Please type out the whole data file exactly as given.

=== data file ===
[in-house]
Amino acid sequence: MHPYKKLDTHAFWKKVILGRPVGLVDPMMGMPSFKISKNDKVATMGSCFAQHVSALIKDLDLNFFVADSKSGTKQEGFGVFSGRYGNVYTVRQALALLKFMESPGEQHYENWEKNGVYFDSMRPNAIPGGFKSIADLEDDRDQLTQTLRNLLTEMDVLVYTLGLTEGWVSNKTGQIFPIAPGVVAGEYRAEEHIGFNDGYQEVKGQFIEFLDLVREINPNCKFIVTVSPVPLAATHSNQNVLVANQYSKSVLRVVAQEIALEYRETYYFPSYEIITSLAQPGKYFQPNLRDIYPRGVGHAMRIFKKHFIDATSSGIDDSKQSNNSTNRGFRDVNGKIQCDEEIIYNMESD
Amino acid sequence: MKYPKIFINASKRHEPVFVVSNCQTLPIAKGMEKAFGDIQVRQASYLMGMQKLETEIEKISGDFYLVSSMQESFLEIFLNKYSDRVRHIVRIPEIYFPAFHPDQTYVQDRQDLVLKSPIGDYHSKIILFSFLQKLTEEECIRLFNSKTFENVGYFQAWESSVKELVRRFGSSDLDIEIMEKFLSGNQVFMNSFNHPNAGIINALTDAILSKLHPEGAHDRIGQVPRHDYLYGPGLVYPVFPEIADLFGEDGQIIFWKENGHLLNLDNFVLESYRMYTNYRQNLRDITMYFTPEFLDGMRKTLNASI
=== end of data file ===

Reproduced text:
[in-house]
Amino acid sequence: MHPYKKLDTHAFWKKVILGRPVGLVDPMMGMPSFKISKNDKVATMGSCFAQHVSALIKDLDLNFFVADSKSGTKQEGFGVFSGRYGNVYTVRQALALLKFMESPGEQHYENWEKNGVYFDSMRPNAIPGGFKSIADLEDDRDQLTQTLRNLLTEMDVLVYTLGLTEGWVSNKTGQIFPIAPGVVAGEYRAEEHIGFNDGYQEVKGQFIEFLDLVREINPNCKFIVTVSPVPLAATHSNQNVLVANQYSKSVLRVVAQEIALEYRETYYFPSYEIITSLAQPGKYFQPNLRDIYPRGVGHAMRIFKKHFIDATSSGIDDSKQSNNSTNRGFRDVNGKIQCDEEIIYNMESD
Amino acid sequence: MKYPKIFINASKRHEPVFVVSNCQTLPIAKGMEKAFGDIQVRQASYLMGMQKLETEIEKISGDFYLVSSMQESFLEIFLNKYSDRVRHIVRIPEIYFPAFHPDQTYVQDRQDLVLKSPIGDYHSKIILFSFLQKLTEEECIRLFNSKTFENVGYFQAWESSVKELVRRFGSSDLDIEIMEKFLSGNQVFMNSFNHPNAGIINALTDAILSKLHPEGAHDRIGQVPRHDYLYGPGLVYPVFPEIADLFGEDGQIIFWKENGHLLNLDNFVLESYRMYTNYRQNLRDITMYFTPEFLDGMRKTLNASI